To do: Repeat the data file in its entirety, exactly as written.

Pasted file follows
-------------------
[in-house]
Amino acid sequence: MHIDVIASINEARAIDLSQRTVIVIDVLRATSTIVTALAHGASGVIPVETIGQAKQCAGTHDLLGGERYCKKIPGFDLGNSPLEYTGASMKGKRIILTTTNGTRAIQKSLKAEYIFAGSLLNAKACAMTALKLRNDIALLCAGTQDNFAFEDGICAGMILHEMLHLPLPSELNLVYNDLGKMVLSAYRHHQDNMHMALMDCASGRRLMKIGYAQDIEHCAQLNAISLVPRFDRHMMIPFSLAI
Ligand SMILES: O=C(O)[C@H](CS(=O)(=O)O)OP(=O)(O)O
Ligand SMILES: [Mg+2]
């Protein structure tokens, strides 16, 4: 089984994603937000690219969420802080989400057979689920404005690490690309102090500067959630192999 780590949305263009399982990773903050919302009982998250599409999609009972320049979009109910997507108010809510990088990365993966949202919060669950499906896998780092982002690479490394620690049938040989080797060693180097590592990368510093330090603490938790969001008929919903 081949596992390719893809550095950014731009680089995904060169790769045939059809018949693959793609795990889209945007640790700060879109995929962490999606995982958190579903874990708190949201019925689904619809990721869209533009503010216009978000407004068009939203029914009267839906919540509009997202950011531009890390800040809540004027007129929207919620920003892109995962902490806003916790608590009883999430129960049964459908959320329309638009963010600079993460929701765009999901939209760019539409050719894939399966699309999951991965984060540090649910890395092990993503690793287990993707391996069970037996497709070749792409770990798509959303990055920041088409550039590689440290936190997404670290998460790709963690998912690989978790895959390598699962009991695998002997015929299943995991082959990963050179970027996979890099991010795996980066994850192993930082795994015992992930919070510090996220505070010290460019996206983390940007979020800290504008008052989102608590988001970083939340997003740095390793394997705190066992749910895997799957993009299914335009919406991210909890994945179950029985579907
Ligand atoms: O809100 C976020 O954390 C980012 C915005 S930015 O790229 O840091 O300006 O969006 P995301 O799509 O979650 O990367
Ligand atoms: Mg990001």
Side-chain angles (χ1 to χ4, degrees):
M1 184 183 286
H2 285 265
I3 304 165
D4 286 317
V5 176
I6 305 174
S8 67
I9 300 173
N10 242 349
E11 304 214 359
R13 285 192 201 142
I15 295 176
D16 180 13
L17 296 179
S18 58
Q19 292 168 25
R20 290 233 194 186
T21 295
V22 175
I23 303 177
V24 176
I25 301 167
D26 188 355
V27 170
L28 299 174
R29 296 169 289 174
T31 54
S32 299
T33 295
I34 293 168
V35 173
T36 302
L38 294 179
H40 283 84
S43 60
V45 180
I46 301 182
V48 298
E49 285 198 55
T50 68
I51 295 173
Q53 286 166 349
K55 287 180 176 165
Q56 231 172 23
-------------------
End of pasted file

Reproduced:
[in-house]
Amino acid sequence: MHIDVIASINEARAIDLSQRTVIVIDVLRATSTIVTALAHGASGVIPVETIGQAKQCAGTHDLLGGERYCKKIPGFDLGNSPLEYTGASMKGKRIILTTTNGTRAIQKSLKAEYIFAGSLLNAKACAMTALKLRNDIALLCAGTQDNFAFEDGICAGMILHEMLHLPLPSELNLVYNDLGKMVLSAYRHHQDNMHMALMDCASGRRLMKIGYAQDIEHCAQLNAISLVPRFDRHMMIPFSLAI
Ligand SMILES: O=C(O)[C@H](CS(=O)(=O)O)OP(=O)(O)O
Ligand SMILES: [Mg+2]
């Protein structure tokens, strides 16, 4: 089984994603937000690219969420802080989400057979689920404005690490690309102090500067959630192999 780590949305263009399982990773903050919302009982998250599409999609009972320049979009109910997507108010809510990088990365993966949202919060669950499906896998780092982002690479490394620690049938040989080797060693180097590592990368510093330090603490938790969001008929919903 081949596992390719893809550095950014731009680089995904060169790769045939059809018949693959793609795990889209945007640790700060879109995929962490999606995982958190579903874990708190949201019925689904619809990721869209533009503010216009978000407004068009939203029914009267839906919540509009997202950011531009890390800040809540004027007129929207919620920003892109995962902490806003916790608590009883999430129960049964459908959320329309638009963010600079993460929701765009999901939209760019539409050719894939399966699309999951991965984060540090649910890395092990993503690793287990993707391996069970037996497709070749792409770990798509959303990055920041088409550039590689440290936190997404670290998460790709963690998912690989978790895959390598699962009991695998002997015929299943995991082959990963050179970027996979890099991010795996980066994850192993930082795994015992992930919070510090996220505070010290460019996206983390940007979020800290504008008052989102608590988001970083939340997003740095390793394997705190066992749910895997799957993009299914335009919406991210909890994945179950029985579907
Ligand atoms: O809100 C976020 O954390 C980012 C915005 S930015 O790229 O840091 O300006 O969006 P995301 O799509 O979650 O990367
Ligand atoms: Mg990001």
Side-chain angles (χ1 to χ4, degrees):
M1 184 183 286
H2 285 265
I3 304 165
D4 286 317
V5 176
I6 305 174
S8 67
I9 300 173
N10 242 349
E11 304 214 359
R13 285 192 201 142
I15 295 176
D16 180 13
L17 296 179
S18 58
Q19 292 168 25
R20 290 233 194 186
T21 295
V22 175
I23 303 177
V24 176
I25 301 167
D26 188 355
V27 170
L28 299 174
R29 296 169 289 174
T31 54
S32 299
T33 295
I34 293 168
V35 173
T36 302
L38 294 179
H40 283 84
S43 60
V45 180
I46 301 182
V48 298
E49 285 198 55
T50 68
I51 295 173
Q53 286 166 349
K55 287 180 176 165
Q56 231 172 23